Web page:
The Goodwin Special

Alex Simpson at Goodwood on 16th October in the Goodwin Special
…out of 23 runners

The Goodwin Special – By Brian Ledwith – from Bulletin 143 July 1965

A newcomer to historic racing car events this season is a 4.3 litre Alvis-engined device which promises, when fully developed, to be a force to be reckoned with. The Goodwin Special is owned by flying-machine exponent Ian Kerr, who is already well-known for his success in the ex-Powys-Lybbe 12/50 (see the February 1964 issue of the Bulletin).

The Goodwin was conceived as a sprint car by Billy Goodwin, who ran an engineering business near Macclesfield, Cheshire, with his brother Eric. Billy used to drive the ex-Embiricos E.R.A. R2A, owned at the time by Harry Caley, while Eric had made a name for himself at the wheel of a Kieft 500. Work on the car started in 1948, and the Goodwin ménage was an estimated £3,000 poorer before it emerged two years later.

The chassis consists basically of two large parallel tubes, cross-braced by small transverse tubes, and with fabricated bearers for the engine, suspension, steering rack, and the differential. The “ladder” frame concept was beginning to be popular at the time, and the use of proprietary mechanical components was typical racing practice of the succeeding decade (e.g. H.M.W. and Connaught). The engine is a warmed-up Alvis 4.3 formerly blown from an ex-Goldie Gardner Centric supercharger mounted behind the radiator, fitted with a Scintilla Vertex magneto and R47 racing plugs, and solidly mounted on aluminium cones at four points: thus the partially-stressed crankcase contributes to the torsional stiffness of the chassis.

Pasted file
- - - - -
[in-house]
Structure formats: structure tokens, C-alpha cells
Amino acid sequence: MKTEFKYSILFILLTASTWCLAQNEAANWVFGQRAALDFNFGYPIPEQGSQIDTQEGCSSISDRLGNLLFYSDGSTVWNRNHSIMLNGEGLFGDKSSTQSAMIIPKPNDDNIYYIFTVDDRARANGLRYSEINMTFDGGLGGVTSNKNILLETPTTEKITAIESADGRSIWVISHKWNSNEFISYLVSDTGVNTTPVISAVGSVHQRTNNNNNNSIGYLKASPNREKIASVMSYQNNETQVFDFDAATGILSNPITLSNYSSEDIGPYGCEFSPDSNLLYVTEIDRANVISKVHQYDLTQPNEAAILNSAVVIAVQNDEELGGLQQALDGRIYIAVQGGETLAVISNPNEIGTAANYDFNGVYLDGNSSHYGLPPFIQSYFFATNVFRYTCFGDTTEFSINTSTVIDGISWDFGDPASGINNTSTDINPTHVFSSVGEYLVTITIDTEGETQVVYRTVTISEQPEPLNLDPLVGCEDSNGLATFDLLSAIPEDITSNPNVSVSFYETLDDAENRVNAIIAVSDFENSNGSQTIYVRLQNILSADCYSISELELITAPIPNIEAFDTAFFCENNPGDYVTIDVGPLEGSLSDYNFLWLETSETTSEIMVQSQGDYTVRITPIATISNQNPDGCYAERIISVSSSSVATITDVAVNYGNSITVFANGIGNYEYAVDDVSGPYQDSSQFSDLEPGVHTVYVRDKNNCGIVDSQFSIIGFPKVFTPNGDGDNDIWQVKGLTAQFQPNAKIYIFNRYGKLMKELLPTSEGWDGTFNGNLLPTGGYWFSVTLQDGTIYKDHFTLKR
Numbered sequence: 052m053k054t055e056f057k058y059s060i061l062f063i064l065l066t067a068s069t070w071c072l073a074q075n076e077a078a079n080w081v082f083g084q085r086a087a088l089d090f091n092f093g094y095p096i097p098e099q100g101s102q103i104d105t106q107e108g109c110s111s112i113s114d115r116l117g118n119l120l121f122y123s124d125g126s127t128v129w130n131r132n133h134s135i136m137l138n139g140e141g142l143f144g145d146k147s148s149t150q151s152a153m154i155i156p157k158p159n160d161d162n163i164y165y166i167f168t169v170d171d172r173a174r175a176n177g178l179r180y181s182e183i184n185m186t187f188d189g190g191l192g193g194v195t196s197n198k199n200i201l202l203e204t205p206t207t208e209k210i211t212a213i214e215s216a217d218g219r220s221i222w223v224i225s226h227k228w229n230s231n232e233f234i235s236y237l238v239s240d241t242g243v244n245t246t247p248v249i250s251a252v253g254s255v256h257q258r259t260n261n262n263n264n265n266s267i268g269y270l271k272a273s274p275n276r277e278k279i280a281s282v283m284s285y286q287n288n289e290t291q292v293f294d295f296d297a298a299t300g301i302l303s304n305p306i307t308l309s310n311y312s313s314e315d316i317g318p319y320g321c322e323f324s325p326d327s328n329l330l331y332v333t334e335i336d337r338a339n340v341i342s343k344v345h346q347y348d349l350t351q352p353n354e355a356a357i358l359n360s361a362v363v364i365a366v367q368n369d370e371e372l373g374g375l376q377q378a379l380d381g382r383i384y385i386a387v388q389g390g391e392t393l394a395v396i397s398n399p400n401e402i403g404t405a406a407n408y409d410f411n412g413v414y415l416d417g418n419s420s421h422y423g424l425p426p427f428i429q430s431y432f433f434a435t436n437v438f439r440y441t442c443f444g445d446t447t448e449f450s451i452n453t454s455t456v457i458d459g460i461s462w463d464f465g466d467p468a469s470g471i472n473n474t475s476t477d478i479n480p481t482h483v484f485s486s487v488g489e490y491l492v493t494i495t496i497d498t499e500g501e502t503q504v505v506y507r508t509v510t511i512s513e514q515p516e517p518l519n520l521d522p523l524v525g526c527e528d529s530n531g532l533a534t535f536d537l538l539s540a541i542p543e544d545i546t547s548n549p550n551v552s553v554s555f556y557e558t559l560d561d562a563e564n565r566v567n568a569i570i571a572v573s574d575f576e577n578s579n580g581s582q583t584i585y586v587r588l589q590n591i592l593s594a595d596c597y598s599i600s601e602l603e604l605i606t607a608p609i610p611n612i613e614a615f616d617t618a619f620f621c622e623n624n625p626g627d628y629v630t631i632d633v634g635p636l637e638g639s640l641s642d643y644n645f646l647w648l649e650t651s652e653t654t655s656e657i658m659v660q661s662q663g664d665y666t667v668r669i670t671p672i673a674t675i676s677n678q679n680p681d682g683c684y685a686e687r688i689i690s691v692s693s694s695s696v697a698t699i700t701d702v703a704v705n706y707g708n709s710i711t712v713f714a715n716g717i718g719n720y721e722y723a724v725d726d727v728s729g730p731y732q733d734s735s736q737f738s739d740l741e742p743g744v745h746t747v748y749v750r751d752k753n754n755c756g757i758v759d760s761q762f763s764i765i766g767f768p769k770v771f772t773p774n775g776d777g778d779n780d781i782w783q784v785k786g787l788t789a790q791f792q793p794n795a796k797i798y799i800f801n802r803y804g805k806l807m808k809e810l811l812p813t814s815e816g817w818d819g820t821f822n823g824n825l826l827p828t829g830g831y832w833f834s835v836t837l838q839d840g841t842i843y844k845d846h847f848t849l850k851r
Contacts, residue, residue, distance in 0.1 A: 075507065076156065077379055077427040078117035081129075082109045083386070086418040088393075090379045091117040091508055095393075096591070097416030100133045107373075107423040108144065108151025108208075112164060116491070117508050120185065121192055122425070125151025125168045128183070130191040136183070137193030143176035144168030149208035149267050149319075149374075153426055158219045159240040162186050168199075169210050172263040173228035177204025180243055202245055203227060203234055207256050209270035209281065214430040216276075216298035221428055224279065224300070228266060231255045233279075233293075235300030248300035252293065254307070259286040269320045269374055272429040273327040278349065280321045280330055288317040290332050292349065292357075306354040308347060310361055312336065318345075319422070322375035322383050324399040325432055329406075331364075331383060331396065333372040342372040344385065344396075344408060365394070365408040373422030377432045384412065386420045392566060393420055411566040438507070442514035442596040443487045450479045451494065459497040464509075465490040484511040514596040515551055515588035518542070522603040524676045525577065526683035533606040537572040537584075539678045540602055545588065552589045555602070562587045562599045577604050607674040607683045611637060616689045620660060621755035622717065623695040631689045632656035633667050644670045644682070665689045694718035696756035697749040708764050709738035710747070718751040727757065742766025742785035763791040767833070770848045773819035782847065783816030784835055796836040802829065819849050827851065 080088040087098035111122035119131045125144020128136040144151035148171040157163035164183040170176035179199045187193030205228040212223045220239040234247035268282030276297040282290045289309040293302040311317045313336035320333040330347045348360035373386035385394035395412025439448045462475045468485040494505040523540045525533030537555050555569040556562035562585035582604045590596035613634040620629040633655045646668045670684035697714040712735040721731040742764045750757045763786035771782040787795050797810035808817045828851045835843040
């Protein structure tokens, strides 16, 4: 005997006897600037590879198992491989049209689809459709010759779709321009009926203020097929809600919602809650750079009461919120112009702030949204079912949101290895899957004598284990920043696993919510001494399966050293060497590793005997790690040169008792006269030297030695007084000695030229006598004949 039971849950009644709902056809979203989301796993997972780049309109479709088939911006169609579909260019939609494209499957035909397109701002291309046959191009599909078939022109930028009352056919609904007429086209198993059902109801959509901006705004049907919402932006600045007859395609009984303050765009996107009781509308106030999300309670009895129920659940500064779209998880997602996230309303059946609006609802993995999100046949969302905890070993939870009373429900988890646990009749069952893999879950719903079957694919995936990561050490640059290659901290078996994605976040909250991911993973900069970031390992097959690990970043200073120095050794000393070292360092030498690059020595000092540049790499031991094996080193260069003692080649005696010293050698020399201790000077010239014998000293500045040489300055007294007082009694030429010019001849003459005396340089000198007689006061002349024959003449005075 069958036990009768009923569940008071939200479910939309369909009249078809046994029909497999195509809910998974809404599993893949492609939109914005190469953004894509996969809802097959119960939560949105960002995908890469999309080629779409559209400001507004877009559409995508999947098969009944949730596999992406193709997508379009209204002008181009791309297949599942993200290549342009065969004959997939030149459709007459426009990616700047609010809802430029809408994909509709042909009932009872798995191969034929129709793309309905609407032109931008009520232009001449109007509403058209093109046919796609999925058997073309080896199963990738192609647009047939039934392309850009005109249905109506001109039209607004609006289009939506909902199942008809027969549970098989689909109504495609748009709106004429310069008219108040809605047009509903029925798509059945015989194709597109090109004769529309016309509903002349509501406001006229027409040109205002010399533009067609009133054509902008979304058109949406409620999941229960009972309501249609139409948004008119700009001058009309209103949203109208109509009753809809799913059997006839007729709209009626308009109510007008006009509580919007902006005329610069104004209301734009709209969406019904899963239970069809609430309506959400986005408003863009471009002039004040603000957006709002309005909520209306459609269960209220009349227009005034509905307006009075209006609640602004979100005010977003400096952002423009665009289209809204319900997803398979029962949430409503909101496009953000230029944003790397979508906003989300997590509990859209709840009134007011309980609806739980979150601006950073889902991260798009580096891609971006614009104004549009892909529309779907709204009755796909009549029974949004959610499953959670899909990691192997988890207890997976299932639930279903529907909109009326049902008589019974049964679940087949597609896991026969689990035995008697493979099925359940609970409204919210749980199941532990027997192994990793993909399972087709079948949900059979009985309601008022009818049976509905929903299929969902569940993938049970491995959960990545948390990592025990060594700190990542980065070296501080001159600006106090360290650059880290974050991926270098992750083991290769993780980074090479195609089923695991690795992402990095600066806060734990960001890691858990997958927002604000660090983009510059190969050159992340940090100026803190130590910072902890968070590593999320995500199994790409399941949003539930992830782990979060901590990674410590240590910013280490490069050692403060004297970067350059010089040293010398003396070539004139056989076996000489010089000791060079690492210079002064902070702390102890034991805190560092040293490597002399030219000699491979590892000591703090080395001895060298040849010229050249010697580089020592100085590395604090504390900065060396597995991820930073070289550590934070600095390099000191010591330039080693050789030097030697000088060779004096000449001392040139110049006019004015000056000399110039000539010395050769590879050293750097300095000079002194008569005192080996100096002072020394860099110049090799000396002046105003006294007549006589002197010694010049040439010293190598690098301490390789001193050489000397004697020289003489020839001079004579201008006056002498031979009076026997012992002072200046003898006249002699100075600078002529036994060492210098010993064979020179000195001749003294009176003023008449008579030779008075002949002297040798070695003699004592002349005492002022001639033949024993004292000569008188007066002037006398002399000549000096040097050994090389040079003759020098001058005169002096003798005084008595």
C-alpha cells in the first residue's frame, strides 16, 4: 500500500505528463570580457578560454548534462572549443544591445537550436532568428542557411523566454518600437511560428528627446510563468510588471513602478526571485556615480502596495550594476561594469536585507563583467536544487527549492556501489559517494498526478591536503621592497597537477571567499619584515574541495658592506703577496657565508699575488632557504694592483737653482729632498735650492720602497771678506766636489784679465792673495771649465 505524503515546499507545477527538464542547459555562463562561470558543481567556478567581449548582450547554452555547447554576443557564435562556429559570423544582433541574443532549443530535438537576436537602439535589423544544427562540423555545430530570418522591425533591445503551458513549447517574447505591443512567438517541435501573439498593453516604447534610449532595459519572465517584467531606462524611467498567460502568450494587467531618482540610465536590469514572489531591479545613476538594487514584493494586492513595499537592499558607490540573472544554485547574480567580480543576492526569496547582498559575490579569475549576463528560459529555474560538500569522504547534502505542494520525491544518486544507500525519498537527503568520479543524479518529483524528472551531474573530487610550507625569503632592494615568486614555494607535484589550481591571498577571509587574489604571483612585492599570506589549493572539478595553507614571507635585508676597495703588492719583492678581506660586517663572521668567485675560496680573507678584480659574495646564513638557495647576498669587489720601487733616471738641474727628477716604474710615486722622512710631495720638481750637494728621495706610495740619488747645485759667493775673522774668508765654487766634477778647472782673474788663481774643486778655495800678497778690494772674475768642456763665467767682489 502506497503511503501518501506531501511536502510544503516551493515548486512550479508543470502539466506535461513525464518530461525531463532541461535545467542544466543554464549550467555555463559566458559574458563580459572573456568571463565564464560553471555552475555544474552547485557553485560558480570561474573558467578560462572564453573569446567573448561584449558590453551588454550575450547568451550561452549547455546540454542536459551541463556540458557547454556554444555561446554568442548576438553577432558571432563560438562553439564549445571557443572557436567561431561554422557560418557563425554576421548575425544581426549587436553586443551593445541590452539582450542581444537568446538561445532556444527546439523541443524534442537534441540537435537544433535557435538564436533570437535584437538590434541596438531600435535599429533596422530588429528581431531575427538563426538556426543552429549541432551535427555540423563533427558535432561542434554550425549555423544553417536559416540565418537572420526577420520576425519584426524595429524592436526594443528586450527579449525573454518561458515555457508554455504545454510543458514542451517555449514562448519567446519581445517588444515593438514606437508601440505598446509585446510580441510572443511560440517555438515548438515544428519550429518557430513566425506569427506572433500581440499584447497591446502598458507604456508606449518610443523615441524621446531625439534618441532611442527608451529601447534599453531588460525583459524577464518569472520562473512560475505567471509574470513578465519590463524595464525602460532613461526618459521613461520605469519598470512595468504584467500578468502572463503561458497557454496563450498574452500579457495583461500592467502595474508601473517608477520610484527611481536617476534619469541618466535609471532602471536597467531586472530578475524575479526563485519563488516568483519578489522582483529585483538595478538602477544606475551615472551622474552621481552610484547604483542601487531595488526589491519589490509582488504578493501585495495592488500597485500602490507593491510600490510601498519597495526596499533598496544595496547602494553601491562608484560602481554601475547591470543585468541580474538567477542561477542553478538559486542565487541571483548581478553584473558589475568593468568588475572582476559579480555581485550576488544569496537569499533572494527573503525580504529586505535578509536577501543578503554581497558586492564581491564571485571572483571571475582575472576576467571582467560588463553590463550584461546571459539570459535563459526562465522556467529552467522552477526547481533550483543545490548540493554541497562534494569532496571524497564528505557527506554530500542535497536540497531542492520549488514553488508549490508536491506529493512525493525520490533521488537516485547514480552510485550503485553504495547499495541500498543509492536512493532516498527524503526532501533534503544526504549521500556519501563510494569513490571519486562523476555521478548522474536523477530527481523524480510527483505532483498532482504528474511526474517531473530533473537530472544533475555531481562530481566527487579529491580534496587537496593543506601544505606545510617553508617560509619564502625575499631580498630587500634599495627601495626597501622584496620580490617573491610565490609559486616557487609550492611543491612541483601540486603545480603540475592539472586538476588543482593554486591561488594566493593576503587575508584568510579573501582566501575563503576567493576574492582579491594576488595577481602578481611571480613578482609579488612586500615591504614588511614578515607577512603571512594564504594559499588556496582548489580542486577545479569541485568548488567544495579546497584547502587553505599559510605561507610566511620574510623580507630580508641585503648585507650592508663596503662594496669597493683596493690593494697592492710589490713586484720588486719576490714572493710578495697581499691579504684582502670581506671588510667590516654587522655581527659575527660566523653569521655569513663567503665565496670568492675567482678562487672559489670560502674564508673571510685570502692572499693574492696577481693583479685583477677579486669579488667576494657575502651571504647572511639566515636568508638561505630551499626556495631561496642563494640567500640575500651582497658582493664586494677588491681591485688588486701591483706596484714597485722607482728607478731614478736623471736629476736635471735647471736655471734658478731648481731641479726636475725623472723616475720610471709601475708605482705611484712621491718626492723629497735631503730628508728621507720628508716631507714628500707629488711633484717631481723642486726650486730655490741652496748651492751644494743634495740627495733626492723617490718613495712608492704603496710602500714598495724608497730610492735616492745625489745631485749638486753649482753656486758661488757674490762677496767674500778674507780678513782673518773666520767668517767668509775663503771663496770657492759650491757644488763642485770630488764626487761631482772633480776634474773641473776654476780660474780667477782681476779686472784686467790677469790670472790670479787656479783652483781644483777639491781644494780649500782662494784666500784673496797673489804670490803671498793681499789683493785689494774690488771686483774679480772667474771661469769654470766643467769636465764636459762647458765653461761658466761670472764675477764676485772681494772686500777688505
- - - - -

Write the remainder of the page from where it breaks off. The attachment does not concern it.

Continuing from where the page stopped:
It drove formerly through an E.N.V. pre-selector gearbox to an Alvis 3.8:1 c.w.p./differential, chassis-mounted in a specially-built housing. The suspension was all-independent by transverse leaf springs and single wishbones it la mode de Surbiton, but it was later found advantageous to invert the front springing mechanism and the wishbones are now at the top. (At the same time a standard Alvis all-synchromesh gearbox replaced the E.N.V. box, which could not stand the 200-odd horses).

The front wishbones, kingpins and hub carriers are as fitted to the 1947 Super Snipe. The camber of each wheel can be adjusted in a matter of seconds by adjustment of the eccentric outer wishbone pin (rather like the fan mounting on Speed 20’s). The hydraulic brakes are by Lockheed, also out of a Humber, but the tandem master cylinders formerly belonged to a Lagonda. The hubs and wheels are Alvis “jelly-mould” type at the rear and 12/70 Rudge Whitworth at the front. The rear shock-absorbers are by courtesy of Rolls-Royce. The whole is clothed in a very shapely body modelled on the contemporary Grand Prix cars—the tail especially calls to mind the 41 Lago-Talbot, the Type 159 Alfa-Romeo and the V16 B.R.M.

In Billy Goodwin’s hands the car competed successfully at various sprints in the north, and also at Prescott and at Shelsley Walsh (where at one time it held the record for Shelsley Specials). At this time it took about 14 seconds for the standing I/4 mile and 23 for the standing 1/2. Finally, he raced it at one of the early Oulton Park meetings in 1953, where he had an unpleasant experience when the release valve to the pressurised cooling system stuck. The header tank, fitted remotely over the scuttle, burst and covered his legs with super-heated water while approaching Knicker Brook at about 115 m.p.h. Goodwin managed to keep the car straight and get out, but after a spell of six weeks in hospital he decided to sell out.